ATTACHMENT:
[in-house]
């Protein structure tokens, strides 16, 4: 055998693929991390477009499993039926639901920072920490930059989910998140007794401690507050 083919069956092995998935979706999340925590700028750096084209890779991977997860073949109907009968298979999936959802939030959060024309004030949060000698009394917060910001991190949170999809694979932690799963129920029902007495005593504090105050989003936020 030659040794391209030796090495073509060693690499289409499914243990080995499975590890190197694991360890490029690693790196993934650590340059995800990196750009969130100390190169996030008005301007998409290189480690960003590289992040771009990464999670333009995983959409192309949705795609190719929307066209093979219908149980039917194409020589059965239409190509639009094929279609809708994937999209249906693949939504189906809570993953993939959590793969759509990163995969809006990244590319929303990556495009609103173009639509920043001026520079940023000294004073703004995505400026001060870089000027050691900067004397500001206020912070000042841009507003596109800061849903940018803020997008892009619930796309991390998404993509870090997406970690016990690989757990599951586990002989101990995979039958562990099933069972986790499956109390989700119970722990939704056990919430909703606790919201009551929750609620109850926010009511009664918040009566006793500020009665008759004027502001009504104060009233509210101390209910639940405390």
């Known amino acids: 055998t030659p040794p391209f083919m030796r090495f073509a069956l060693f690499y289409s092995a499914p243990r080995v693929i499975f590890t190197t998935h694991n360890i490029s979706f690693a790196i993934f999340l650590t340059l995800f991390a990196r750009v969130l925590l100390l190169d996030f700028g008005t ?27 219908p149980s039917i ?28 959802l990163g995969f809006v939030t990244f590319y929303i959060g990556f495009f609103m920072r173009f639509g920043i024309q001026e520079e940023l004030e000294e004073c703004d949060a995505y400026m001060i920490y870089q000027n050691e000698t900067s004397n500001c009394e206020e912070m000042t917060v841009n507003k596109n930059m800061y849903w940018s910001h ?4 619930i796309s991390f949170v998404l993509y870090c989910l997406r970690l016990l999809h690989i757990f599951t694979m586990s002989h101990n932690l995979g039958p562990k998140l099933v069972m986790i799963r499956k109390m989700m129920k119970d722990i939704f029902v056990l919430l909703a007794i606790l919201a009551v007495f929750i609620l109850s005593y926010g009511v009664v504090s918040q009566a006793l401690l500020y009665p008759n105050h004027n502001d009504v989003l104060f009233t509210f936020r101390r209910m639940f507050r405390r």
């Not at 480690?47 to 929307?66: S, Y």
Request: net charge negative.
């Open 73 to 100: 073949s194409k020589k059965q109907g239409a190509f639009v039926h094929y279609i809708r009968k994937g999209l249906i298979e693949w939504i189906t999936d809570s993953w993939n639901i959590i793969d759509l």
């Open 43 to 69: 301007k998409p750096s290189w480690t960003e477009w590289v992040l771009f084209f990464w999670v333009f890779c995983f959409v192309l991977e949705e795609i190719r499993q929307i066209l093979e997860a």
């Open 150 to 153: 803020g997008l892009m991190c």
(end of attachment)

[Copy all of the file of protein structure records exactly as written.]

[in-house]
């Protein structure tokens, strides 16, 4: 055998693929991390477009499993039926639901920072920490930059989910998140007794401690507050 083919069956092995998935979706999340925590700028750096084209890779991977997860073949109907009968298979999936959802939030959060024309004030949060000698009394917060910001991190949170999809694979932690799963129920029902007495005593504090105050989003936020 030659040794391209030796090495073509060693690499289409499914243990080995499975590890190197694991360890490029690693790196993934650590340059995800990196750009969130100390190169996030008005301007998409290189480690960003590289992040771009990464999670333009995983959409192309949705795609190719929307066209093979219908149980039917194409020589059965239409190509639009094929279609809708994937999209249906693949939504189906809570993953993939959590793969759509990163995969809006990244590319929303990556495009609103173009639509920043001026520079940023000294004073703004995505400026001060870089000027050691900067004397500001206020912070000042841009507003596109800061849903940018803020997008892009619930796309991390998404993509870090997406970690016990690989757990599951586990002989101990995979039958562990099933069972986790499956109390989700119970722990939704056990919430909703606790919201009551929750609620109850926010009511009664918040009566006793500020009665008759004027502001009504104060009233509210101390209910639940405390």
């Known amino acids: 055998t030659p040794p391209f083919m030796r090495f073509a069956l060693f690499y289409s092995a499914p243990r080995v693929i499975f590890t190197t998935h694991n360890i490029s979706f690693a790196i993934f999340l650590t340059l995800f991390a990196r750009v969130l925590l100390l190169d996030f700028g008005t ?27 219908p149980s039917i ?28 959802l990163g995969f809006v939030t990244f590319y929303i959060g990556f495009f609103m920072r173009f639509g920043i024309q001026e520079e940023l004030e000294e004073c703004d949060a995505y400026m001060i920490y870089q000027n050691e000698t900067s004397n500001c009394e206020e912070m000042t917060v841009n507003k596109n930059m800061y849903w940018s910001h ?4 619930i796309s991390f949170v998404l993509y870090c989910l997406r970690l016990l999809h690989i757990f599951t694979m586990s002989h101990n932690l995979g039958p562990k998140l099933v069972m986790i799963r499956k109390m989700m129920k119970d722990i939704f029902v056990l919430l909703a007794i606790l919201a009551v007495f929750i609620l109850s005593y926010g009511v009664v504090s918040q009566a006793l401690l500020y009665p008759n105050h004027n502001d009504v989003l104060f009233t509210f936020r101390r209910m639940f507050r405390r």
């Not at 480690?47 to 929307?66: S, Y």
Request: net charge negative.
């Open 73 to 100: 073949s194409k020589k059965q109907g239409a190509f639009v039926h094929y279609i809708r009968k994937g999209l249906i298979e693949w939504i189906t999936d809570s993953w993939n639901i959590i793969d759509l």
């Open 43 to 69: 301007k998409p750096s290189w480690t960003e477009w590289v992040l771009f084209f990464w999670v333009f890779c995983f959409v192309l991977e949705e795609i190719r499993q929307i066209l093979e997860a």
């Open 150 to 153: 803020g997008l892009m991190c």